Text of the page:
It was such a bizarre creature that it fascinated Charles Darwin himself.
Scientists have determined that the modern-day armadillo had an interesting ancestor — an animal the size of a Volkswagen Beetle.
Researchers have determined that glyptodonts, which lived for millions of years before the ice age 10,000 years ago killed them off, had a clublike armored tail and a bony shell that make them appear similar to armadillos, according to a CBS News report.
The remarkable creature fascinated none other than Charles Darwin when he collected the first known specimens back in the 1830s.
Scientists had long suspected glyptodonts were related to armadillos, but weren’t sure exactly where they were situated in the family tree of that animal. Before, they thought it might be a strange offshoot from the armadillo family, but the research has indicated that they are probably close relatives to the modern armadillo based on genetic analysis.
Glyptodonts are believed to have originated about 35 million years ago.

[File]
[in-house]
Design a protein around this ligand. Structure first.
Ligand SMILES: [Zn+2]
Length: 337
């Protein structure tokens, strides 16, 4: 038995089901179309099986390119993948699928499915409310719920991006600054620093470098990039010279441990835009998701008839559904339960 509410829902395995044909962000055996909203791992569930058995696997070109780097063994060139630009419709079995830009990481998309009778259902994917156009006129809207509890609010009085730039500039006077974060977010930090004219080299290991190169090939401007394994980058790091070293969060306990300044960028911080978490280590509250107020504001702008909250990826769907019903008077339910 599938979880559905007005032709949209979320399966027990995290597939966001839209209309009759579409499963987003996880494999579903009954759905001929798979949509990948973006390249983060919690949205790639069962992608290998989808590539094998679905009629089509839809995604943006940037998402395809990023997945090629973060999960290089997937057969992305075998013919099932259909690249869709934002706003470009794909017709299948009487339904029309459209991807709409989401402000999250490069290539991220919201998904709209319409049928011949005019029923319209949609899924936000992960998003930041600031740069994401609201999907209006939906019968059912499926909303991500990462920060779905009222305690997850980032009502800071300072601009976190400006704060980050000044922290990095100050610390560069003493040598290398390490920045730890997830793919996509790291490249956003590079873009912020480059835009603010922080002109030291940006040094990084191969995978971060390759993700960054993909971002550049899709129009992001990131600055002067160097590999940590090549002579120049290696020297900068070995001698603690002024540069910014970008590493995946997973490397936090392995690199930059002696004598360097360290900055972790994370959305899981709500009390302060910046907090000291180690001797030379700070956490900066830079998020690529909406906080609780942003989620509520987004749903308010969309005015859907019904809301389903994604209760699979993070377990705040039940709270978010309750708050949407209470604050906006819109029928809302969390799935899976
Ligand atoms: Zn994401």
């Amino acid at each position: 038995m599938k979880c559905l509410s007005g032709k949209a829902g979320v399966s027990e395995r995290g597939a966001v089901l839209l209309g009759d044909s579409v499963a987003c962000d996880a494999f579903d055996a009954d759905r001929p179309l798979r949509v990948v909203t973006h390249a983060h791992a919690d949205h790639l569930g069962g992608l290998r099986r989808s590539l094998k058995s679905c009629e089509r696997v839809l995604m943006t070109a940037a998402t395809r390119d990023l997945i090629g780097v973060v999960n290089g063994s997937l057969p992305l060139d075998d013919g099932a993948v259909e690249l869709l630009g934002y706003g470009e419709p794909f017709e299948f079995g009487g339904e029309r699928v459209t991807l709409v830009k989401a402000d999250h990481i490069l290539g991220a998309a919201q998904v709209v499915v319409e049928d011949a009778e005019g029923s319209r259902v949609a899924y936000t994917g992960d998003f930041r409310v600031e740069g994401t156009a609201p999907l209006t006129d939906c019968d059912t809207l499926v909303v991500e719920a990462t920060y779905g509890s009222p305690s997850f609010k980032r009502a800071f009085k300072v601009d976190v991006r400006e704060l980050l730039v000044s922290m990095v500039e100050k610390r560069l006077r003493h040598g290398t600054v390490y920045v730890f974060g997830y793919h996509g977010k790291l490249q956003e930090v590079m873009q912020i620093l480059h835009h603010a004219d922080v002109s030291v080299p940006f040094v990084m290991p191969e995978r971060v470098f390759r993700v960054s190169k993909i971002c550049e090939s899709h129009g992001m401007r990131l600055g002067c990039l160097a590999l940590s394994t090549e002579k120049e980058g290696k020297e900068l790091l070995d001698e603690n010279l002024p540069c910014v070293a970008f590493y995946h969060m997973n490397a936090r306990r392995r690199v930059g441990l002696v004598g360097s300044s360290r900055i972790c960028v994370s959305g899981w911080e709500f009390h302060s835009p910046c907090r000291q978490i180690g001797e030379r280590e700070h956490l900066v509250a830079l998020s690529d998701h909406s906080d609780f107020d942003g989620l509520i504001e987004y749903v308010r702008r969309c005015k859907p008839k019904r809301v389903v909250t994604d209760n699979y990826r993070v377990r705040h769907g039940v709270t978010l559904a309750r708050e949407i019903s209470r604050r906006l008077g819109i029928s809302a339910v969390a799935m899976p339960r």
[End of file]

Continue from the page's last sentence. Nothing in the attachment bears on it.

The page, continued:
Scientists used a 12,000-year-old shell of a Doedicurus, which is one of the largest glyptodonts scientists have ever found. They extracted DNA from the specimen and then analyzed it, comparing it to DNA from living mammals in the group Xenarthra.
The findings indicated that the last common ancestor the glyptodont and armadillo shared was just 13 lbs, so the glyptodont certainly exploded in growth, reaching up to 4,400 lbs before the ice age wiped them out.
Modern-day armadillos have a leathery armor shell and belong in the same family as anteaters and sloths. Scientists have described about 9 extant genera and 21 extant species of armadillo.
The findings were published in the journal Current Biology.